3:40 p.m. – The Rangers wrap up an 8-2 win over Cincinnati as former RoughRiders Neftali Feliz and Nicholas form the game-ending battery. It’s Texas’ first win since Thursday against San Diego and the last game I’ll see at Surprise Stadium during my stay in Arizona. The team heads to Camelback Ranch in Glendale to play the White Sox on Tuesday and I’ll be there for at least some of it as I hit the home stretch of my stay in the desert.
As always thanks for reading,
We’re just a few days away from the start of another baseball season and, even though Tuesday night’s “Future Rangers Showcase” was rained out, everyone here at the RoughRiders is excited to start our 11th season. Over the next five months, you’ll be a seeing a lot of new and interesting stuff in this space as we help you stay up to date with the team and let you get to know the players a little better. I’ll be keeping you up to date with news from the road the best I can, but since I won’t be the only one you’ll hear from, it’s only proper to introduce to you the other members of our blog team for the 2013 season. In addition to contributing here, Nathan Barnett will join me on the radio broadcasts this season while Ryan Garrett will be helping us run things up in the press box. Since they will undoubtedly do a better job writing about themselves than I can (a hiring prerequisite), I’ll turn it over to Nathan and Ryan so that they may introduce themselves in their own words (if you want to read a far less interesting introduction of yours truly, you may do so here, even if it is not recommended).
The ever-present construction and stop-and-go traffic of I-30. The Dallas North Tollway exit from I-35, curving left over the grandstands of Reverchon Ballfield. The northbound Tollway exit at Royal Lane. The most herky-jerky moments during my ride back from Rangers Ballpark in Arlington (then simply known as the Ballpark in Arlington) that woke me from my slumber that had become oh-so-routine.
With heavy eyelids and a grumpy moan I woke from my slumber only to realize that waking wasn’t so bad. The cordial narrative coming from the radio, the smooth voice of Eric Nadel, reminded me that baseball was around me. My interrupted slumber caved way to pleasant surprise.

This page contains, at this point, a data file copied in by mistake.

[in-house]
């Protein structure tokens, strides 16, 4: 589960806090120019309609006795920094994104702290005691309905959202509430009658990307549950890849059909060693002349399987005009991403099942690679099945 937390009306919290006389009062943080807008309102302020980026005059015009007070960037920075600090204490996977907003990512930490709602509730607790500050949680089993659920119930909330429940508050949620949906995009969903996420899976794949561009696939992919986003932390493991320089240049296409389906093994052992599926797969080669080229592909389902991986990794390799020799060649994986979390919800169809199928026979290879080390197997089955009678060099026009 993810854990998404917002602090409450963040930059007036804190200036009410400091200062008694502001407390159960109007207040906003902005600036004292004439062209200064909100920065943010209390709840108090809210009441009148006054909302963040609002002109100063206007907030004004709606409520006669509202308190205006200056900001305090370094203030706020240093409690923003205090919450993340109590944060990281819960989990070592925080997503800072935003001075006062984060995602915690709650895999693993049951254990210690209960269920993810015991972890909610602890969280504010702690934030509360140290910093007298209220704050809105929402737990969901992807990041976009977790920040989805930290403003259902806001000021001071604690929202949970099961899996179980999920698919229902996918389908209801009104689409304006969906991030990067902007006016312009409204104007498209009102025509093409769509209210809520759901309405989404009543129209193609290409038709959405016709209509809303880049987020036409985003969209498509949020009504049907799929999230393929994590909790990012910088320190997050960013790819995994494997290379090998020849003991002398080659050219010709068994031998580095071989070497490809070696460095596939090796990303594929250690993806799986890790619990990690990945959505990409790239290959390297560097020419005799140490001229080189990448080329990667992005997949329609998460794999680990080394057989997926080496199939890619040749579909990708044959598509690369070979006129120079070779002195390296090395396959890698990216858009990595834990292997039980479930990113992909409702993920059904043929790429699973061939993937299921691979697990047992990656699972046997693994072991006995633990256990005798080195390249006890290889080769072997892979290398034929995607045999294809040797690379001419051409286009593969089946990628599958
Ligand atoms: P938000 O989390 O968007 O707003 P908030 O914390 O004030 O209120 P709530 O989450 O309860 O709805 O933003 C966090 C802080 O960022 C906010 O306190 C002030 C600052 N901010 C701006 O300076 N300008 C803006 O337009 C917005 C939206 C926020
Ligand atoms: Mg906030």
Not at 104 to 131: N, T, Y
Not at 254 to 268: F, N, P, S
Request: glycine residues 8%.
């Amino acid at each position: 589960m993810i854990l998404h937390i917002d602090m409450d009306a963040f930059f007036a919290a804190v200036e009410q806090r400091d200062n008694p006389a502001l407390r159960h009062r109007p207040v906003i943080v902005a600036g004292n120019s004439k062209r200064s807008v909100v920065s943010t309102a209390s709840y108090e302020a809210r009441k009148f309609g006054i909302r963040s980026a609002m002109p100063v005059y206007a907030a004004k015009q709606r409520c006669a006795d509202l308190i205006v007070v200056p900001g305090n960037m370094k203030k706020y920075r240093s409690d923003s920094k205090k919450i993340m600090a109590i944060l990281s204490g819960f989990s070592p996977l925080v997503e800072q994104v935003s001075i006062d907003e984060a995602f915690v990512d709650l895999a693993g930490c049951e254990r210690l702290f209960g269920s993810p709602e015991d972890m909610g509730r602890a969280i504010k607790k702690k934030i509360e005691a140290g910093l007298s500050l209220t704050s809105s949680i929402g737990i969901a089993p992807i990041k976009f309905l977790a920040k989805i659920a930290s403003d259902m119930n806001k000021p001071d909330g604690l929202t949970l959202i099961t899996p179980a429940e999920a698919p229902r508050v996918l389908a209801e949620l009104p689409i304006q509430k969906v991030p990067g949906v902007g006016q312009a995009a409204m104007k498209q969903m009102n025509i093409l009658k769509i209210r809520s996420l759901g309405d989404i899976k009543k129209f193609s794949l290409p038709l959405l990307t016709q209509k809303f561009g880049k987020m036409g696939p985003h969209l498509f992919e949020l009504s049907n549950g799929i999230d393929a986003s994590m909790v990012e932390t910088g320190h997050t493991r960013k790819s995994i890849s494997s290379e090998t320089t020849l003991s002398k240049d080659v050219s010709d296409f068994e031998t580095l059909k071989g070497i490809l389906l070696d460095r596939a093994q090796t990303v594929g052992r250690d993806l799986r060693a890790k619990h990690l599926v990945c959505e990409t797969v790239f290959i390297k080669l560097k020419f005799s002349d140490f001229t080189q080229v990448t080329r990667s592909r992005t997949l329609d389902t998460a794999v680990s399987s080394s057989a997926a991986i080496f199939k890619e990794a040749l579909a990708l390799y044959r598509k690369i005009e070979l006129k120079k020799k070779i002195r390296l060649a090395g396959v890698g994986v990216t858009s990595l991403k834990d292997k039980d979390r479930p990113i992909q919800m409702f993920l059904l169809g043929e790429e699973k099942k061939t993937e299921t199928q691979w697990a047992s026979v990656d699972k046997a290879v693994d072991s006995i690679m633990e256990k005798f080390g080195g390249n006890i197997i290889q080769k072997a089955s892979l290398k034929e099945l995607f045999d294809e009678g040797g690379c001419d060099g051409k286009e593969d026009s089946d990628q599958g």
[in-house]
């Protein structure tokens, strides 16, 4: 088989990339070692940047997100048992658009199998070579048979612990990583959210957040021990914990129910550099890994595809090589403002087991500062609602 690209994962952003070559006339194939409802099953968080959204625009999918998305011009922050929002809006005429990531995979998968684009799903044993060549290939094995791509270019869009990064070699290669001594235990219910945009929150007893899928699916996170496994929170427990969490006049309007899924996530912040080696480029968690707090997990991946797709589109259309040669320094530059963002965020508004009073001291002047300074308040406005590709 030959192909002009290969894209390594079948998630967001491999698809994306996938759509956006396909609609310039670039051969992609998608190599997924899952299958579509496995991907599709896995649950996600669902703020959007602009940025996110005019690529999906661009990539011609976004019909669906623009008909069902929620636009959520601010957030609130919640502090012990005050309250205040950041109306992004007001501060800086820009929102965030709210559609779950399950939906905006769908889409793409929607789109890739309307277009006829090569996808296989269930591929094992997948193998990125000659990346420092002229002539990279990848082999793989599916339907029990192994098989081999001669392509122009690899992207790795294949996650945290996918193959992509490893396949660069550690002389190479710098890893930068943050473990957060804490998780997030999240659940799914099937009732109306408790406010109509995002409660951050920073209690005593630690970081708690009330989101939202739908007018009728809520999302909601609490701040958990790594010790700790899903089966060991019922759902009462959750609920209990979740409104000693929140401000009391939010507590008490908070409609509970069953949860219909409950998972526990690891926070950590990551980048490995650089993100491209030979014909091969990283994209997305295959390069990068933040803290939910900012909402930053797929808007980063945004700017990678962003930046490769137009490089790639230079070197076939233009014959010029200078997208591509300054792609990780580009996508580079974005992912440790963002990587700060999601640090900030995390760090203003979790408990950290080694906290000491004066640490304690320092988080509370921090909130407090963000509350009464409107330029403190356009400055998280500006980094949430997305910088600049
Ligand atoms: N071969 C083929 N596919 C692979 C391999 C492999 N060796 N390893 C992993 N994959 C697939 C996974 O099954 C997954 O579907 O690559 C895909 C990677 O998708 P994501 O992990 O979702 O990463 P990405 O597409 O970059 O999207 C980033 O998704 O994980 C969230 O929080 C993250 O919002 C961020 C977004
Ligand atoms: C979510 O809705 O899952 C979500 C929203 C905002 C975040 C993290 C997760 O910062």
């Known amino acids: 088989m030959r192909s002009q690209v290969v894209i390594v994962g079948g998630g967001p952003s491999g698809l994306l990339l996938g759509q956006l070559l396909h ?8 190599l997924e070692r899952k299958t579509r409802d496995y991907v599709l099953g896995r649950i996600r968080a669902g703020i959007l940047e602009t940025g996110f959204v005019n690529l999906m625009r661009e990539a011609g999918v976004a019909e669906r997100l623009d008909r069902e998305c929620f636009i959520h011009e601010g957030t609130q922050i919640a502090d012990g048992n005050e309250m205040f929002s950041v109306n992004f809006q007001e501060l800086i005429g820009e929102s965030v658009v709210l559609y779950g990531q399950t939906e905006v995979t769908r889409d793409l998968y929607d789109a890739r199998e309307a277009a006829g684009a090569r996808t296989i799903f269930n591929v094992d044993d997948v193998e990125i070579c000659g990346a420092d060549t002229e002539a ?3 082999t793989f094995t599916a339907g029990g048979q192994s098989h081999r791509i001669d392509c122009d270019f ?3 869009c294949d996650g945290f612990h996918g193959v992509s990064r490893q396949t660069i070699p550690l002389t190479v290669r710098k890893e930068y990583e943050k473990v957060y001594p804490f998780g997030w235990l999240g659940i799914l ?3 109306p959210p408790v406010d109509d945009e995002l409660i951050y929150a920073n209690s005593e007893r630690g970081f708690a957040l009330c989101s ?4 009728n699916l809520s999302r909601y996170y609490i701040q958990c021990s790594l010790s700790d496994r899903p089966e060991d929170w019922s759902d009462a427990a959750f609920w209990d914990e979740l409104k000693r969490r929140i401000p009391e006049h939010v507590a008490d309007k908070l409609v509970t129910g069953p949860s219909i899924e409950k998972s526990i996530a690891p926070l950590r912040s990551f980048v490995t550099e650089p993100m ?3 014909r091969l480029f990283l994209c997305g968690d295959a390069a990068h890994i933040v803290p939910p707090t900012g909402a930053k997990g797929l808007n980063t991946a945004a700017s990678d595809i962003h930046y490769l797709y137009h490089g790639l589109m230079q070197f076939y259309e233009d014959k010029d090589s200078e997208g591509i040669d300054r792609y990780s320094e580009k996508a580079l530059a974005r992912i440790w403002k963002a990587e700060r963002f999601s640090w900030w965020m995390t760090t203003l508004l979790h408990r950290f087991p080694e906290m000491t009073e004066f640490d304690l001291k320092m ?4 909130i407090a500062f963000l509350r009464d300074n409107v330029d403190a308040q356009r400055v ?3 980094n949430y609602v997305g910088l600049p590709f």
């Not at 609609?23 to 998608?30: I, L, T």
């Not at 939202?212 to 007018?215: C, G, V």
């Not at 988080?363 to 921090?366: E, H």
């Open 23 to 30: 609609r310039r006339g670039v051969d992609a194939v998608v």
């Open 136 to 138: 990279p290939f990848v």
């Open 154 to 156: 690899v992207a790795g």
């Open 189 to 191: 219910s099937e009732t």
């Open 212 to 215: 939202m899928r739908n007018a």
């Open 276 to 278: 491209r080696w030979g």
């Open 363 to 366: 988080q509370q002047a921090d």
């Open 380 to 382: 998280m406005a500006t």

Maybe it was the waning moments of the game: a Jeff Zimmerman punch-out, a heroic whack from Pudge, or a miraculous feat by Rusty Greer or what was left of the Arlington faithful still screaming their voices hoarse.
Perhaps it was a highlight: “that ball is history,” punctuated at least once in the postgame show. If not twice. Or more (as often was the case with those mid 90s Rangers teams). A familiar and comfortable voice reminding me of the great night that was at the Ballpark, retold as if it was happening all over again—like I was there in my seat, when in reality, I was stuck at a red light at Royal Ln and Preston Rd in the back seat of my dad’s sedan.
I didn’t realize it until I was a college senior, slamming down my LSAT Prep book—never to be opened again (it still sits, dusty and somehow lightly stained on my bookshelf at home)—that it was in that thirty-or-so minute car-ride back home, on a school night, when nine innings was almost never in the cards for a young boy of thoughtful parents, that I found a certain romance in calling a baseball game. That feeling of bringing someone the game.
No, more than that: of bringing someone to the game, away from everything else. Away from the bills, and the traffic and stress of everyday life for someone who doesn’t have the time, money or energy to make it to yard themselves. That is what I find so rewarding about what I (somehow) get paid to do.
This business can be crazy. In all the madness that is working in sports—working 100-hour weeks, pushing out 100 sales calls a day, sleeping on floors and even in dining rooms, broadcasting with the flu, calling games cramped two people to a three-foot wide table, staring at a computer on overnight bus trips—everything melts away when that pitcher toes the rubber for the first time and the batter kicks up the chalk of the box in the first.
One of my first mentors in sports once told me “working in sports beats working.” Getting to do the most fun thing I can imagine within sports—well, it is truly indescribable for me.
With this privilege comes obligation: I hope to bring you to the game not just bring you the game.